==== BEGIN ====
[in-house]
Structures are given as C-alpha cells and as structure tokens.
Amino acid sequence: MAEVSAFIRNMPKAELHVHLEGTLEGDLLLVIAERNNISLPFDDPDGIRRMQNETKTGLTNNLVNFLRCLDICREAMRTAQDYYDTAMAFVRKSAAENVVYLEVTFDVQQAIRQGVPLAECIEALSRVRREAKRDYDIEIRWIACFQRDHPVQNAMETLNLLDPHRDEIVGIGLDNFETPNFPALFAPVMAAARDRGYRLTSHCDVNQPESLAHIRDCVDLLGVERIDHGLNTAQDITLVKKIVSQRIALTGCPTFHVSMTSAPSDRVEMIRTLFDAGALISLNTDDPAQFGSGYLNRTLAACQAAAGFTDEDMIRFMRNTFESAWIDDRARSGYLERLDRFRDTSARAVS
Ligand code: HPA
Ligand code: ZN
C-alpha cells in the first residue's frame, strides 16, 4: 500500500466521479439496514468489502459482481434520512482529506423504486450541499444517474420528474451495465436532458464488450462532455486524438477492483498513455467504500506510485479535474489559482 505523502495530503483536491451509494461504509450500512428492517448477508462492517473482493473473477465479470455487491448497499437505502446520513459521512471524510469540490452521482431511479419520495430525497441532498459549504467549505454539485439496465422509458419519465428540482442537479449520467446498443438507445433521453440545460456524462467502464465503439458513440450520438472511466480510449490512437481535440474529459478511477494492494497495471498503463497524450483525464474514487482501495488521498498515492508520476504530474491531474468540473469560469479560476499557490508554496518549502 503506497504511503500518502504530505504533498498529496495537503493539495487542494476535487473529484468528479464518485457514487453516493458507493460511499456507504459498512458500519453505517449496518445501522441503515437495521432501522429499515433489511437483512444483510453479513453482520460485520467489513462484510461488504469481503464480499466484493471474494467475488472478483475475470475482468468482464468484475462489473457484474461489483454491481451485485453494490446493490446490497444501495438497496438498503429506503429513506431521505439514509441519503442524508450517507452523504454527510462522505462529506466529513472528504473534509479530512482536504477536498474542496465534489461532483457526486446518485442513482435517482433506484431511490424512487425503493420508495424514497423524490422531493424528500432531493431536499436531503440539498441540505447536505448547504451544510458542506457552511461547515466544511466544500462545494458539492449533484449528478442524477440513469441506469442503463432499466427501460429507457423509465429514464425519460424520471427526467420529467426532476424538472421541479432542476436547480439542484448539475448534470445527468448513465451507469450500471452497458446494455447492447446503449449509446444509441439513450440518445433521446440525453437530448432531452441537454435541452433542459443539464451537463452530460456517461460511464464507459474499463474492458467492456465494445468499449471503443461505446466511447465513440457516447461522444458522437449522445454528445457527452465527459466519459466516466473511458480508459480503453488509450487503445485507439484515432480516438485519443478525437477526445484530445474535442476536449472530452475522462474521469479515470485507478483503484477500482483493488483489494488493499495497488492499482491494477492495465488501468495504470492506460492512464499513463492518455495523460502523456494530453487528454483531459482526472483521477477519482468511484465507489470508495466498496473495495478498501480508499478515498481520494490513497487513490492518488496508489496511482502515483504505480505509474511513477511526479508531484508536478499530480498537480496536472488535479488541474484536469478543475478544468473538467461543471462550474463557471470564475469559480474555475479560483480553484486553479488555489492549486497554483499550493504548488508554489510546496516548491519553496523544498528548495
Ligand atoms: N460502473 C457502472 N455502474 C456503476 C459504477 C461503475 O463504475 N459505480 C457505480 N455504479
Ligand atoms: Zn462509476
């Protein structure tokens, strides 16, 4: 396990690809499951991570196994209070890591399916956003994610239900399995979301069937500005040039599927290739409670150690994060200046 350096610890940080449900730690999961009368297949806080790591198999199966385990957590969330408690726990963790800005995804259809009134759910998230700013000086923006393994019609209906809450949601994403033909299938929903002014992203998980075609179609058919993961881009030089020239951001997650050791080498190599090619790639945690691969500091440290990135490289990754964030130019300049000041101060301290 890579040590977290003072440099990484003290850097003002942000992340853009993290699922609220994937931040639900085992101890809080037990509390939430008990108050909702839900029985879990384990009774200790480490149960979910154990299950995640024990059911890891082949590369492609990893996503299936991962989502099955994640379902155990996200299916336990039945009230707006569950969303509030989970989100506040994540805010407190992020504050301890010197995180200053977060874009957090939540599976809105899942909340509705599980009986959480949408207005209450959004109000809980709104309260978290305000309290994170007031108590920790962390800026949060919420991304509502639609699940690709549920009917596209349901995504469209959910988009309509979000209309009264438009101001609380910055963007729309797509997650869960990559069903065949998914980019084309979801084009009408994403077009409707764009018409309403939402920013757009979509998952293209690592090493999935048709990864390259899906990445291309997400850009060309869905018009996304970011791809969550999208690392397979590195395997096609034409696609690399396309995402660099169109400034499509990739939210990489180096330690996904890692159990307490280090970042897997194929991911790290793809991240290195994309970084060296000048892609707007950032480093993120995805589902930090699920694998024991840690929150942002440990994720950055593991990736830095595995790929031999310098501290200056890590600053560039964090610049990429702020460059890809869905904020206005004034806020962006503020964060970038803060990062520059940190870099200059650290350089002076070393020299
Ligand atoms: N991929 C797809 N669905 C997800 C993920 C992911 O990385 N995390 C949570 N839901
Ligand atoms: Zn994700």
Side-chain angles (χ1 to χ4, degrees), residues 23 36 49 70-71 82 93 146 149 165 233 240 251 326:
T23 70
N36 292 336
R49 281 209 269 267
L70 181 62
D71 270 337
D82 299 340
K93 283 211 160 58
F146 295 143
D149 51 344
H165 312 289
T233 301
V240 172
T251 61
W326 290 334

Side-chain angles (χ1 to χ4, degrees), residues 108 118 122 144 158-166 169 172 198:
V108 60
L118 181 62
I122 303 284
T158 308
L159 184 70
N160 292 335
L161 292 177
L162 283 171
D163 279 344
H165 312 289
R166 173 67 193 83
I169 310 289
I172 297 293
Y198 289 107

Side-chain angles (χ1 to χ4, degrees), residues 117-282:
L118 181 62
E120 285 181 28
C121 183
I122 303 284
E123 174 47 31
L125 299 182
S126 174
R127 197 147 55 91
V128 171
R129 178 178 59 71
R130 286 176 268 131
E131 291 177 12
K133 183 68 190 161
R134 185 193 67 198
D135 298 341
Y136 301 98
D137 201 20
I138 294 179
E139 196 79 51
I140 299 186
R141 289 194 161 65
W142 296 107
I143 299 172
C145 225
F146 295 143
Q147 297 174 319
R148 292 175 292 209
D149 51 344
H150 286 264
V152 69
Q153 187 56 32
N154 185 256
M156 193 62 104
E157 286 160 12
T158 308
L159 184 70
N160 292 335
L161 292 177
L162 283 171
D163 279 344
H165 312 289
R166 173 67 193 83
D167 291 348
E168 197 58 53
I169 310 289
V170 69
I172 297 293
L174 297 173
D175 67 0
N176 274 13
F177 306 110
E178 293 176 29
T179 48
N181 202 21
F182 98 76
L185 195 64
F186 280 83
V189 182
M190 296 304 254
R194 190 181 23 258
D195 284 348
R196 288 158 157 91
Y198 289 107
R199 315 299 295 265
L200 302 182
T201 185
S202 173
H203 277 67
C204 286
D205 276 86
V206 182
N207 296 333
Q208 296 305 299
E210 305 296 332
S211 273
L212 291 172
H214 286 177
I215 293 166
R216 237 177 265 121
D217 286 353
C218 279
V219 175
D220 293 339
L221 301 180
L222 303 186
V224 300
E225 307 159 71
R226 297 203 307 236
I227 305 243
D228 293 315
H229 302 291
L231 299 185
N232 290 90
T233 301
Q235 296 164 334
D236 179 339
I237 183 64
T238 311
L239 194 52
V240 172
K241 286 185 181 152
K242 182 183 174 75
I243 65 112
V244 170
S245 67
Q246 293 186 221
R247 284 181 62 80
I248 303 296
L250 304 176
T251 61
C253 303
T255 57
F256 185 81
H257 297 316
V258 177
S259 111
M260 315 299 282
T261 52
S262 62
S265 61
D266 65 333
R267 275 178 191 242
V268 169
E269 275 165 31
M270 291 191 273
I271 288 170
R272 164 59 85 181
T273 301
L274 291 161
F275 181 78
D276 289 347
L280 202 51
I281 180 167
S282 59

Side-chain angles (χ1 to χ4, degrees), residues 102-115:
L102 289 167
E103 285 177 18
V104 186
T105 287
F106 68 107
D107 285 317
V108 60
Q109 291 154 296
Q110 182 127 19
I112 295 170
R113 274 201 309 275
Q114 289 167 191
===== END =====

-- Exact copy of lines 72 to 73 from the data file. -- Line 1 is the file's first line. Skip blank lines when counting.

V152 69
Q153 187 56 32